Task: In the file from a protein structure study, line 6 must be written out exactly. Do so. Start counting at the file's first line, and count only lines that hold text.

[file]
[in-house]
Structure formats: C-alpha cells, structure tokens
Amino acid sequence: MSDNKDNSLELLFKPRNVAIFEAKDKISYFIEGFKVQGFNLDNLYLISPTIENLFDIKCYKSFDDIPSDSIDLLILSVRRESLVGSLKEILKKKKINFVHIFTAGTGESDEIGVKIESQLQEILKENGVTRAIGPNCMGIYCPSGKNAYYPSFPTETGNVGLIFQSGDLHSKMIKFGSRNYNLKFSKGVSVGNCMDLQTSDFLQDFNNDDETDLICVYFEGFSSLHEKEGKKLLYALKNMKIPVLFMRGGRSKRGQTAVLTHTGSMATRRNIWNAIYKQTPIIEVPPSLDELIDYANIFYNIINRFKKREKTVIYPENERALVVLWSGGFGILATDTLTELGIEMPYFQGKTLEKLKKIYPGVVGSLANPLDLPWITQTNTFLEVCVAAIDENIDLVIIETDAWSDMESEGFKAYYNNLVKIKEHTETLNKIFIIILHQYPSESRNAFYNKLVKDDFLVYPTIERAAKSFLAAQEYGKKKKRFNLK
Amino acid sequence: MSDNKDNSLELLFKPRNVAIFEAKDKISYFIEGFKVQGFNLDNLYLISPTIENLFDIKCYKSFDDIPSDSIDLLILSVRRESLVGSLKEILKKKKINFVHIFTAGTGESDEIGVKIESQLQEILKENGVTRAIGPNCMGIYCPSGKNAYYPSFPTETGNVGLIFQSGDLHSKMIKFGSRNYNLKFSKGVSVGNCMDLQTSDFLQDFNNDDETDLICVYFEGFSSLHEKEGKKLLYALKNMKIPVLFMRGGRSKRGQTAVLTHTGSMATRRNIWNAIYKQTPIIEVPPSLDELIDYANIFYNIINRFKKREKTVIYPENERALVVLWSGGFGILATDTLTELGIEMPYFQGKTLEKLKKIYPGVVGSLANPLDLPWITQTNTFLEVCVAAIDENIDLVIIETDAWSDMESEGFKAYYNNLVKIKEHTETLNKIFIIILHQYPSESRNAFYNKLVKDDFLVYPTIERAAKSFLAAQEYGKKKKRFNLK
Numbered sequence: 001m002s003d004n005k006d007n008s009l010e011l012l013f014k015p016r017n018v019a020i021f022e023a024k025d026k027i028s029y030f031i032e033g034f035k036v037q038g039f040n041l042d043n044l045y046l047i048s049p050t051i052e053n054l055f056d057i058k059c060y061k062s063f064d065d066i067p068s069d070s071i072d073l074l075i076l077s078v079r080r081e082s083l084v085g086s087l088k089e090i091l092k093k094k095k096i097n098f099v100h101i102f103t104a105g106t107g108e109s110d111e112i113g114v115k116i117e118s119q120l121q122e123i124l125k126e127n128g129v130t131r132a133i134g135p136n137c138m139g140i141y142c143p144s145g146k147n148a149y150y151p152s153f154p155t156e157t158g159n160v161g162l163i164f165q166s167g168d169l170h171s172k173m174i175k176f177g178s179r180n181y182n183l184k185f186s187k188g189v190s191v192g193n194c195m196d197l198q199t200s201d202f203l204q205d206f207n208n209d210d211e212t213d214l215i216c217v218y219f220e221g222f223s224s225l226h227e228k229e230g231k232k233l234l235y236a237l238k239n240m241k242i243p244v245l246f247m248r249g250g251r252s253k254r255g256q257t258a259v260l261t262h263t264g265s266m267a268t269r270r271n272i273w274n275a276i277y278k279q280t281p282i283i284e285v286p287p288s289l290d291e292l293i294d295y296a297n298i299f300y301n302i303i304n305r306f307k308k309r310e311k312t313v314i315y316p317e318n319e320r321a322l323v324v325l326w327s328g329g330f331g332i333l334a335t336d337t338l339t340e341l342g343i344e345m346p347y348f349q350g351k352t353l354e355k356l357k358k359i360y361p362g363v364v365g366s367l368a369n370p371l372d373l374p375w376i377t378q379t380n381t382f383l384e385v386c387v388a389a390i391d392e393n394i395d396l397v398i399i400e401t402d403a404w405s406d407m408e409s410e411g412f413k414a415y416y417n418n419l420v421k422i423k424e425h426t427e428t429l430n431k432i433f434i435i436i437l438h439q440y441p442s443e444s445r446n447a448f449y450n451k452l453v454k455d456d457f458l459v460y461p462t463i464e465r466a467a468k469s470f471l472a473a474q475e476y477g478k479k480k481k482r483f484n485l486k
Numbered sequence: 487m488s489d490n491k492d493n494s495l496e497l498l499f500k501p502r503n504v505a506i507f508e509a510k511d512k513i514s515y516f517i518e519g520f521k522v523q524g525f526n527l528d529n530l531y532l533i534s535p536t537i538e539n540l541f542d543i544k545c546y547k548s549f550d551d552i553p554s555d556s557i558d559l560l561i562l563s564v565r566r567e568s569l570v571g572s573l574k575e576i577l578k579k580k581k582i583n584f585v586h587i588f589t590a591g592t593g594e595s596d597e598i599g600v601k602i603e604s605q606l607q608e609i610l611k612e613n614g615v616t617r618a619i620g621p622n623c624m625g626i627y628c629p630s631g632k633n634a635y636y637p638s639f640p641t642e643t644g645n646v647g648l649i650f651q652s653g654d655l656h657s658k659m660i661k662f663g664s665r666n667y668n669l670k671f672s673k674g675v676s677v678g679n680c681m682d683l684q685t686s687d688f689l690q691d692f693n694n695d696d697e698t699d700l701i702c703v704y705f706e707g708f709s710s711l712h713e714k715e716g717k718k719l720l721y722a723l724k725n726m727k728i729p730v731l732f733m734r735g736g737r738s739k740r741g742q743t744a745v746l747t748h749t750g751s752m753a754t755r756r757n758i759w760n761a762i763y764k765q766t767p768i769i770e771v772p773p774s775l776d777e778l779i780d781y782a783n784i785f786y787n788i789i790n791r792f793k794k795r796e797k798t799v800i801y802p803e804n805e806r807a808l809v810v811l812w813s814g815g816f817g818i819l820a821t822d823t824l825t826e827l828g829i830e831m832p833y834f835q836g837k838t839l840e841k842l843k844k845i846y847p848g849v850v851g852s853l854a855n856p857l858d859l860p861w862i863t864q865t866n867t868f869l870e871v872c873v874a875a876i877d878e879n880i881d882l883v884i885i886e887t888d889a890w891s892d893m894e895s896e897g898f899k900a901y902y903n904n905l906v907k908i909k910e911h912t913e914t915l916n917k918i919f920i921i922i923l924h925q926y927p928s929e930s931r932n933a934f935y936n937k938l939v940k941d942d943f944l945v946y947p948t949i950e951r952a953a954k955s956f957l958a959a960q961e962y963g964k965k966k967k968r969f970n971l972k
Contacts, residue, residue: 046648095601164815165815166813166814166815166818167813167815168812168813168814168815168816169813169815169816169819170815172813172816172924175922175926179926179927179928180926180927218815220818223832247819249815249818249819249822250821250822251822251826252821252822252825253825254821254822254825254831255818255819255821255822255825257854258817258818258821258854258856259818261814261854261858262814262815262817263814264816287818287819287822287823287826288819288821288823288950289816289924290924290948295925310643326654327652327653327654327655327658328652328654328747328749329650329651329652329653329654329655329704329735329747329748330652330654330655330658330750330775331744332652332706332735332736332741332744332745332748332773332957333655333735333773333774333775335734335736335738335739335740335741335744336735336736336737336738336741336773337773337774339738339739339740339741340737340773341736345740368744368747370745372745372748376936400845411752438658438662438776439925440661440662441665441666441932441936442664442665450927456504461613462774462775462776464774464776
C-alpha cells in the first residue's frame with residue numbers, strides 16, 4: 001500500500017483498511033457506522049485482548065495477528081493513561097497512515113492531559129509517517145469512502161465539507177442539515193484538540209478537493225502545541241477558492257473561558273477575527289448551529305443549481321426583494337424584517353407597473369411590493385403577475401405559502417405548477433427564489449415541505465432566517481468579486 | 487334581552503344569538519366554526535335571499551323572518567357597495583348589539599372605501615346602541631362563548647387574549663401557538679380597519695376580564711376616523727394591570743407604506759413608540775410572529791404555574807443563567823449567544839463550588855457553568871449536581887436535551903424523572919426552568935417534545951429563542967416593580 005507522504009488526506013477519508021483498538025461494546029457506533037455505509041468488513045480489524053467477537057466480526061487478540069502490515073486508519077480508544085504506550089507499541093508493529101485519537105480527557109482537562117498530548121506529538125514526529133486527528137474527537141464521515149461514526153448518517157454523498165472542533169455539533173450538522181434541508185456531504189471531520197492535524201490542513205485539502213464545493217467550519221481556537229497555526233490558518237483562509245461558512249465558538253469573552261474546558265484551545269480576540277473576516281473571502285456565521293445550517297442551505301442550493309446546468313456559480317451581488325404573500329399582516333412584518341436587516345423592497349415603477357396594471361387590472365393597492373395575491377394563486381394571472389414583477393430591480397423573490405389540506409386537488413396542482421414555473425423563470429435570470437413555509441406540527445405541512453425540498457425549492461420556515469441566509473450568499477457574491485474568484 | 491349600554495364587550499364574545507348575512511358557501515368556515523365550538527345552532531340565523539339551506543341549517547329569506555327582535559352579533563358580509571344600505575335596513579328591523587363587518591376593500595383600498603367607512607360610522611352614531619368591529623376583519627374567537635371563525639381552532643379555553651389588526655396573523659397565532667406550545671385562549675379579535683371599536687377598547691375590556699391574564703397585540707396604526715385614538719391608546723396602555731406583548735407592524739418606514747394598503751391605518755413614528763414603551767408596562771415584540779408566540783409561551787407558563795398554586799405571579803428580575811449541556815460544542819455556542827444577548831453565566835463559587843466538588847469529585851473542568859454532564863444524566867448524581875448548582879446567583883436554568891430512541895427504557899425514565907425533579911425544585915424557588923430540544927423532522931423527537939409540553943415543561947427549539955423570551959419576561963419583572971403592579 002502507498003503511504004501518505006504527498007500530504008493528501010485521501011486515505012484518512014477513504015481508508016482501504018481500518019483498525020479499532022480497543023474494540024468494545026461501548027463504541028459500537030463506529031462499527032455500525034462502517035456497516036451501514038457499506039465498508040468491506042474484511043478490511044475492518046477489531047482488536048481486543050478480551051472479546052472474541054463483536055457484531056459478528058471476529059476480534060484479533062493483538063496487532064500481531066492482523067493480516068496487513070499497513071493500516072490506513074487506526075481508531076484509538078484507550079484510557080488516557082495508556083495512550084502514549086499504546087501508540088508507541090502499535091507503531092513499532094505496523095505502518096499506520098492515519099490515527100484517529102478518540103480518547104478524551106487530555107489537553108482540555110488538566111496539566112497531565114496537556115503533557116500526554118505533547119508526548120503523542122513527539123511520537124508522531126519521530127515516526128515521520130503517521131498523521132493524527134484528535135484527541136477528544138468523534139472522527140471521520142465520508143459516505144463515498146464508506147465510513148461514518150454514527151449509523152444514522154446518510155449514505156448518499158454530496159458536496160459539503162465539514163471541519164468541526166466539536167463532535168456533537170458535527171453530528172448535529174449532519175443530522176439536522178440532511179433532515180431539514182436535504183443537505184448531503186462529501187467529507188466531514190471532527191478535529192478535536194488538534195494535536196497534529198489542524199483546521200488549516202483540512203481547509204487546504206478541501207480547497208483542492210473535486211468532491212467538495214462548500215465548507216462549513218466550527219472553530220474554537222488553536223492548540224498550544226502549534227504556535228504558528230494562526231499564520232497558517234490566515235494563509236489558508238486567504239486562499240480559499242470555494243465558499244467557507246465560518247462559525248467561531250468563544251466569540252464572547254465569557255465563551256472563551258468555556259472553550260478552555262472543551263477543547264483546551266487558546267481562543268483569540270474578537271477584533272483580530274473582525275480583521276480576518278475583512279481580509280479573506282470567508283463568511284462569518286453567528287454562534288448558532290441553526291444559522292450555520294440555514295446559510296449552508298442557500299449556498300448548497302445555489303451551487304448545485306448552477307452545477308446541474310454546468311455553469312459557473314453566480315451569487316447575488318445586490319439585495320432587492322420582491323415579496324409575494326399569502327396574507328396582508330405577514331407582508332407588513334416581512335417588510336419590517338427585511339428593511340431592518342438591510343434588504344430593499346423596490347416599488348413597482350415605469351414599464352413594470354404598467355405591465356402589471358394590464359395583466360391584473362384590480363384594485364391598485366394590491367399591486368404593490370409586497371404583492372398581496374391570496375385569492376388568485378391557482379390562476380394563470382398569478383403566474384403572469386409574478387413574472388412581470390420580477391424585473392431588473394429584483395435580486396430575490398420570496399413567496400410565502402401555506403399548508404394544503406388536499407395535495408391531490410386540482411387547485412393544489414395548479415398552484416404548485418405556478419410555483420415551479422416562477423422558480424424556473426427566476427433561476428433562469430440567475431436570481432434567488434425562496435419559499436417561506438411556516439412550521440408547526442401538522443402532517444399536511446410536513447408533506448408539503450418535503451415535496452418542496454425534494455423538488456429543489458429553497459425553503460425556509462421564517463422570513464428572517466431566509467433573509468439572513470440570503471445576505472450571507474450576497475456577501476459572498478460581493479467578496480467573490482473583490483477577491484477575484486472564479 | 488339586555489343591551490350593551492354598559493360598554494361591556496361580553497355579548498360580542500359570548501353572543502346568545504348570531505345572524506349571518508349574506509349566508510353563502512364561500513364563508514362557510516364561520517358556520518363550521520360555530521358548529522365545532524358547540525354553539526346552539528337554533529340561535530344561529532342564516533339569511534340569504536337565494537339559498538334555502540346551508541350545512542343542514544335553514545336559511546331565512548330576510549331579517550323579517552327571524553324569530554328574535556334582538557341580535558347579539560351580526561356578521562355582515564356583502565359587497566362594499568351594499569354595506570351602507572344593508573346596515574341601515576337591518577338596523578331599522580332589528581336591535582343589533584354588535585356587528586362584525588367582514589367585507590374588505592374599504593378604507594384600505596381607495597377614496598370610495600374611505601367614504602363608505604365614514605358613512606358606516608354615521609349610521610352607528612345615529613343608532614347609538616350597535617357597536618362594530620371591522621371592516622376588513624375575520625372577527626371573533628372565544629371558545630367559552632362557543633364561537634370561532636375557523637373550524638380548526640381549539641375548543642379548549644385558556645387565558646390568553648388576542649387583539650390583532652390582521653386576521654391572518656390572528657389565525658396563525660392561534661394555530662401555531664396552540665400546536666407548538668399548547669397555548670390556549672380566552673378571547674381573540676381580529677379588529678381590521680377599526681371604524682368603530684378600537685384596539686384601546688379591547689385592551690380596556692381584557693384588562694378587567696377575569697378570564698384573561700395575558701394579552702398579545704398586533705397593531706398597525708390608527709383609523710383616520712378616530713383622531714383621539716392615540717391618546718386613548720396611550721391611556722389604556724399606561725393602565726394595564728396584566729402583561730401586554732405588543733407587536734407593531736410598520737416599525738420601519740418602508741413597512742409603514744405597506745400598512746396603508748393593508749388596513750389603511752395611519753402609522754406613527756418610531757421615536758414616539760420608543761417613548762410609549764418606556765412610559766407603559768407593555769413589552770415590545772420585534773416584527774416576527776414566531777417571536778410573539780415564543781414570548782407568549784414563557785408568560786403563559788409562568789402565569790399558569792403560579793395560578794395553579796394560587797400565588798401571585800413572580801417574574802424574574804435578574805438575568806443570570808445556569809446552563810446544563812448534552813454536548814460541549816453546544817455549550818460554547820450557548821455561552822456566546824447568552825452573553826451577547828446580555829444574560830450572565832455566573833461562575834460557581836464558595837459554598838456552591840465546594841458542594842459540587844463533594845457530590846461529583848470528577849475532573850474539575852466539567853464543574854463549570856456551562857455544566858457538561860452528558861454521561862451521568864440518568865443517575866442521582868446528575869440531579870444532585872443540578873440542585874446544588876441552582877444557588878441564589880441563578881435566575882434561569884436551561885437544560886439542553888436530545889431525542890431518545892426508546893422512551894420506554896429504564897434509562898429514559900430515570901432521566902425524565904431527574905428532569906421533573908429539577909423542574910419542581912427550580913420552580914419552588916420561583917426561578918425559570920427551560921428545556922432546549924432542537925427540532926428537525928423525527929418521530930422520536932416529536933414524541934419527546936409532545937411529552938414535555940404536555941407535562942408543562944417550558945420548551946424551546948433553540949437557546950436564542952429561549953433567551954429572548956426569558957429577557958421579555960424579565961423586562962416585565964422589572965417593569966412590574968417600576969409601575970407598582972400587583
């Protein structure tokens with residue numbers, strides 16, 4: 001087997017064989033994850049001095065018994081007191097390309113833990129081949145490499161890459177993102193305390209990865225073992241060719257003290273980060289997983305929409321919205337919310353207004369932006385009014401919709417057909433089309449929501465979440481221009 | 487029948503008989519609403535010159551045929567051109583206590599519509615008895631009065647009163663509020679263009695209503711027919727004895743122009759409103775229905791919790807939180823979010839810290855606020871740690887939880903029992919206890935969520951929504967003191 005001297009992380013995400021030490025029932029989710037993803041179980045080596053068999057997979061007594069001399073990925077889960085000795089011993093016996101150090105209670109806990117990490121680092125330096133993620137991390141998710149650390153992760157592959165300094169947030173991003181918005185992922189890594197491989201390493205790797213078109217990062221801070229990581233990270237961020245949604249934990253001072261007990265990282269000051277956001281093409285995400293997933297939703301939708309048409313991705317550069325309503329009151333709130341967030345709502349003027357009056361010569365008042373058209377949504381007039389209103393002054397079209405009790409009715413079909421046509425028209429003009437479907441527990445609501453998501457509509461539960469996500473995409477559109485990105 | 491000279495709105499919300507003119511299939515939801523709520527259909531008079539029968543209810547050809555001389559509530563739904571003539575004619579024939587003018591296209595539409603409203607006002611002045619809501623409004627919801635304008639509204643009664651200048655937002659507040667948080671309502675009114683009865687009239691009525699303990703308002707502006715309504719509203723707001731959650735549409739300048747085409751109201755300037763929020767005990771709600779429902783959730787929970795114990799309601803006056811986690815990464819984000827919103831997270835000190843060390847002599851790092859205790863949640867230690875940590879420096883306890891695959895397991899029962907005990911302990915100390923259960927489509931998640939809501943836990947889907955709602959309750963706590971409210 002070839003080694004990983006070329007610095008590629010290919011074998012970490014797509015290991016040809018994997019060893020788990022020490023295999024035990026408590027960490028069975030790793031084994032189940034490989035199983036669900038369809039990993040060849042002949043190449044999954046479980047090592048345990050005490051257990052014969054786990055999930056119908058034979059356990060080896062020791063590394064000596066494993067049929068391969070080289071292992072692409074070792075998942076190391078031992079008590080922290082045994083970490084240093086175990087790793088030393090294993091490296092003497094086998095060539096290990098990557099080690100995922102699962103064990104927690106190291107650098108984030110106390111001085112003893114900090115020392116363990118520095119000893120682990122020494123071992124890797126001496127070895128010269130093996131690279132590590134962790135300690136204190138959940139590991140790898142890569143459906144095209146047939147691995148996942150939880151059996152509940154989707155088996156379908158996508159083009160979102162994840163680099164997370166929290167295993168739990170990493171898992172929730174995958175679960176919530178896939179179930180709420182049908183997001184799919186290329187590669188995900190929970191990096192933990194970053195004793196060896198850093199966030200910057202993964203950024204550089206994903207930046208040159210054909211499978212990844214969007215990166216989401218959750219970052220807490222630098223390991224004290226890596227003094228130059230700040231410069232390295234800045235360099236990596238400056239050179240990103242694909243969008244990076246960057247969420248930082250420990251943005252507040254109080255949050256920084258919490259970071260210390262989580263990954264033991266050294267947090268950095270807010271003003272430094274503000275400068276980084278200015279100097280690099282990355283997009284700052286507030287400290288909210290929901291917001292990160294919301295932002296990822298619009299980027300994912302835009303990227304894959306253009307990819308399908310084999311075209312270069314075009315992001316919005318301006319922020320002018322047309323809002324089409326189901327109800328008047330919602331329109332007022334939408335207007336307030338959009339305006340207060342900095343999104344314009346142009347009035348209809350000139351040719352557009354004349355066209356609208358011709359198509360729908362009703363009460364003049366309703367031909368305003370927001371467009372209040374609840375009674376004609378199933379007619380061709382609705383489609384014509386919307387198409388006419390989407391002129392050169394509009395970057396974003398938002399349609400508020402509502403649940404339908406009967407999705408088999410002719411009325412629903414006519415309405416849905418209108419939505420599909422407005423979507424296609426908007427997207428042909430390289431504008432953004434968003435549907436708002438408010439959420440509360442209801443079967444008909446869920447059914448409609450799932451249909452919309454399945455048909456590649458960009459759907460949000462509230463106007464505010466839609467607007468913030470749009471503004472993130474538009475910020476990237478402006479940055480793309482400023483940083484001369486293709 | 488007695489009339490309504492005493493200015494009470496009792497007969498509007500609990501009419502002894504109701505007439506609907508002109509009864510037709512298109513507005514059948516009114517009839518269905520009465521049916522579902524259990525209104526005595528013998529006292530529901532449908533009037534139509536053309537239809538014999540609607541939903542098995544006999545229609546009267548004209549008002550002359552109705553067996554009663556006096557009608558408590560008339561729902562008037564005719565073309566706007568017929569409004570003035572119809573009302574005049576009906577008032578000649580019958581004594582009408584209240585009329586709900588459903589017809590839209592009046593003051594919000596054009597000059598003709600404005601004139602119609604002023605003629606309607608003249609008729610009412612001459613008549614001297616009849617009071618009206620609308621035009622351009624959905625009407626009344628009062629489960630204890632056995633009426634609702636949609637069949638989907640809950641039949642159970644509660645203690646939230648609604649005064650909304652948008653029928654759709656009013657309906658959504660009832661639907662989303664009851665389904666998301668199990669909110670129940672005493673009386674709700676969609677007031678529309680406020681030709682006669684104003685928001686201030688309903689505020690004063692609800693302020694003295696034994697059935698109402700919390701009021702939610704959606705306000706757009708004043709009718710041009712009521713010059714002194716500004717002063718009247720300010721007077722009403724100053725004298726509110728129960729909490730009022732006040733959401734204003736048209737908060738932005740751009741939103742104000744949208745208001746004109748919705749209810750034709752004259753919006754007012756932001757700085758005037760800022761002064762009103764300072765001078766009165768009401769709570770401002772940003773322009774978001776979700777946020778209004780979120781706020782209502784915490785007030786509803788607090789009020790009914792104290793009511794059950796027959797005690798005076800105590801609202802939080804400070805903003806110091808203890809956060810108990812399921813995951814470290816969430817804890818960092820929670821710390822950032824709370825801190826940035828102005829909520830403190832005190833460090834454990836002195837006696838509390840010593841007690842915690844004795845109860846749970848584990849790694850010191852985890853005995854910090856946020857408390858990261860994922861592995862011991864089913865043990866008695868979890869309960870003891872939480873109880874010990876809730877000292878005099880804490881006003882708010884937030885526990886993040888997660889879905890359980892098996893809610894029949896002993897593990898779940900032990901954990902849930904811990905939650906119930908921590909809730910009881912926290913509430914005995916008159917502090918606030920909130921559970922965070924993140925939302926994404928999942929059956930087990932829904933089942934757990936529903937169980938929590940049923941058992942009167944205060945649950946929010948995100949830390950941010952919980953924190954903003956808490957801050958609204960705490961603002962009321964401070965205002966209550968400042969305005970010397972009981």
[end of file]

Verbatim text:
Numbered sequence: 487m488s489d490n491k492d493n494s495l496e497l498l499f500k501p502r503n504v505a506i507f508e509a510k511d512k513i514s515y516f517i518e519g520f521k522v523q524g525f526n527l528d529n530l531y532l533i534s535p536t537i538e539n540l541f542d543i544k545c546y547k548s549f550d551d552i553p554s555d556s557i558d559l560l561i562l563s564v565r566r567e568s569l570v571g572s573l574k575e576i577l578k579k580k581k582i583n584f585v586h587i588f589t590a591g592t593g594e595s596d597e598i599g600v601k602i603e604s605q606l607q608e609i610l611k612e613n614g615v616t617r618a619i620g621p622n623c624m625g626i627y628c629p630s631g632k633n634a635y636y637p638s639f640p641t642e643t644g645n646v647g648l649i650f651q652s653g654d655l656h657s658k659m660i661k662f663g664s665r666n667y668n669l670k671f672s673k674g675v676s677v678g679n680c681m682d683l684q685t686s687d688f689l690q691d692f693n694n695d696d697e698t699d700l701i702c703v704y705f706e707g708f709s710s711l712h713e714k715e716g717k718k719l720l721y722a723l724k725n726m727k728i729p730v731l732f733m734r735g736g737r738s739k740r741g742q743t744a745v746l747t748h749t750g751s752m753a754t755r756r757n758i759w760n761a762i763y764k765q766t767p768i769i770e771v772p773p774s775l776d777e778l779i780d781y782a783n784i785f786y787n788i789i790n791r792f793k794k795r796e797k798t799v800i801y802p803e804n805e806r807a808l809v810v811l812w813s814g815g816f817g818i819l820a821t822d823t824l825t826e827l828g829i830e831m832p833y834f835q836g837k838t839l840e841k842l843k844k845i846y847p848g849v850v851g852s853l854a855n856p857l858d859l860p861w862i863t864q865t866n867t868f869l870e871v872c873v874a875a876i877d878e879n880i881d882l883v884i885i886e887t888d889a890w891s892d893m894e895s896e897g898f899k900a901y902y903n904n905l906v907k908i909k910e911h912t913e914t915l916n917k918i919f920i921i922i923l924h925q926y927p928s929e930s931r932n933a934f935y936n937k938l939v940k941d942d943f944l945v946y947p948t949i950e951r952a953a954k955s956f957l958a959a960q961e962y963g964k965k966k967k968r969f970n971l972k